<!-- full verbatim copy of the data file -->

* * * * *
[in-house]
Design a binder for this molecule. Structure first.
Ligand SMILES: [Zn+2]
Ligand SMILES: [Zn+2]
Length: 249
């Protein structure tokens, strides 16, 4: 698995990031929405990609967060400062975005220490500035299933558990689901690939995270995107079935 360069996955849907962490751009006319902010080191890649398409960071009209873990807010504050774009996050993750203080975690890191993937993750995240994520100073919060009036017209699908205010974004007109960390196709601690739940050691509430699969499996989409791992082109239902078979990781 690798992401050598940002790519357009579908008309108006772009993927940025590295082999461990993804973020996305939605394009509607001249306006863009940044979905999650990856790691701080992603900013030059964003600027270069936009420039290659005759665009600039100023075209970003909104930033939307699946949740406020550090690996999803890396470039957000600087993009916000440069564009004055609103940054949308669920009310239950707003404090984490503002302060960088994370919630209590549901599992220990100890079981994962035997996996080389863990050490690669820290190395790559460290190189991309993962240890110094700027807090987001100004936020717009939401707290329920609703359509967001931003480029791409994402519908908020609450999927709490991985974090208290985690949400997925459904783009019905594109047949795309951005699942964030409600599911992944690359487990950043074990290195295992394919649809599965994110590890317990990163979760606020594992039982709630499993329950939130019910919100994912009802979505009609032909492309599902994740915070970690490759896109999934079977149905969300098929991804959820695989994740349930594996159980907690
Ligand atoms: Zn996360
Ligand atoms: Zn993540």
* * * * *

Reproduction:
[in-house]
Design a binder for this molecule. Structure first.
Ligand SMILES: [Zn+2]
Ligand SMILES: [Zn+2]
Length: 249
């Protein structure tokens, strides 16, 4: 698995990031929405990609967060400062975005220490500035299933558990689901690939995270995107079935 360069996955849907962490751009006319902010080191890649398409960071009209873990807010504050774009996050993750203080975690890191993937993750995240994520100073919060009036017209699908205010974004007109960390196709601690739940050691509430699969499996989409791992082109239902078979990781 690798992401050598940002790519357009579908008309108006772009993927940025590295082999461990993804973020996305939605394009509607001249306006863009940044979905999650990856790691701080992603900013030059964003600027270069936009420039290659005759665009600039100023075209970003909104930033939307699946949740406020550090690996999803890396470039957000600087993009916000440069564009004055609103940054949308669920009310239950707003404090984490503002302060960088994370919630209590549901599992220990100890079981994962035997996996080389863990050490690669820290190395790559460290190189991309993962240890110094700027807090987001100004936020717009939401707290329920609703359509967001931003480029791409994402519908908020609450999927709490991985974090208290985690949400997925459904783009019905594109047949795309951005699942964030409600599911992944690359487990950043074990290195295992394919649809599965994110590890317990990163979760606020594992039982709630499993329950939130019910919100994912009802979505009609032909492309599902994740915070970690490759896109999934079977149905969300098929991804959820695989994740349930594996159980907690
Ligand atoms: Zn996360
Ligand atoms: Zn993540």